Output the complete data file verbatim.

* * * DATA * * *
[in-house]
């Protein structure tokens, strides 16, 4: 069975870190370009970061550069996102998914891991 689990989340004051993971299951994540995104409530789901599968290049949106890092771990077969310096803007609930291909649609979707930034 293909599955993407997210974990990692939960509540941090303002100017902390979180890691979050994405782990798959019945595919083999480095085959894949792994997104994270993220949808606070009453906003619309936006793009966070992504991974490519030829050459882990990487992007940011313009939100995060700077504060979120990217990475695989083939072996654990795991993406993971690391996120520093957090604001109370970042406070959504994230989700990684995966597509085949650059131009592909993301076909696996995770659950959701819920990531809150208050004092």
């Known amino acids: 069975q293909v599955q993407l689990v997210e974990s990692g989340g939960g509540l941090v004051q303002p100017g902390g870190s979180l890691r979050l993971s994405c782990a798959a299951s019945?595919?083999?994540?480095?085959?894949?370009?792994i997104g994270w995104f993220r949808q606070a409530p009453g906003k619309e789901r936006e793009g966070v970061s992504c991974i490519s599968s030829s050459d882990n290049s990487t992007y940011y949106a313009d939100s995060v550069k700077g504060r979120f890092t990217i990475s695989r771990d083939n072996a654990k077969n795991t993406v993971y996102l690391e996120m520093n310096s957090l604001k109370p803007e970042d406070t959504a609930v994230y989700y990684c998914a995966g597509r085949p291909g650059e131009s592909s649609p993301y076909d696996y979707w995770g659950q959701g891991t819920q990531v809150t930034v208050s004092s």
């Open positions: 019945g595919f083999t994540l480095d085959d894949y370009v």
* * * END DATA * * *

[in-house]
């Protein structure tokens, strides 16, 4: 069975870190370009970061550069996102998914891991 689990989340004051993971299951994540995104409530789901599968290049949106890092771990077969310096803007609930291909649609979707930034 293909599955993407997210974990990692939960509540941090303002100017902390979180890691979050994405782990798959019945595919083999480095085959894949792994997104994270993220949808606070009453906003619309936006793009966070992504991974490519030829050459882990990487992007940011313009939100995060700077504060979120990217990475695989083939072996654990795991993406993971690391996120520093957090604001109370970042406070959504994230989700990684995966597509085949650059131009592909993301076909696996995770659950959701819920990531809150208050004092």
């Known amino acids: 069975q293909v599955q993407l689990v997210e974990s990692g989340g939960g509540l941090v004051q303002p100017g902390g870190s979180l890691r979050l993971s994405c782990a798959a299951s019945?595919?083999?994540?480095?085959?894949?370009?792994i997104g994270w995104f993220r949808q606070a409530p009453g906003k619309e789901r936006e793009g966070v970061s992504c991974i490519s599968s030829s050459d882990n290049s990487t992007y940011y949106a313009d939100s995060v550069k700077g504060r979120f890092t990217i990475s695989r771990d083939n072996a654990k077969n795991t993406v993971y996102l690391e996120m520093n310096s957090l604001k109370p803007e970042d406070t959504a609930v994230y989700y990684c998914a995966g597509r085949p291909g650059e131009s592909s649609p993301y076909d696996y979707w995770g659950q959701g891991t819920q990531v809150t930034v208050s004092s």
């Open positions: 019945g595919f083999t994540l480095d085959d894949y370009v």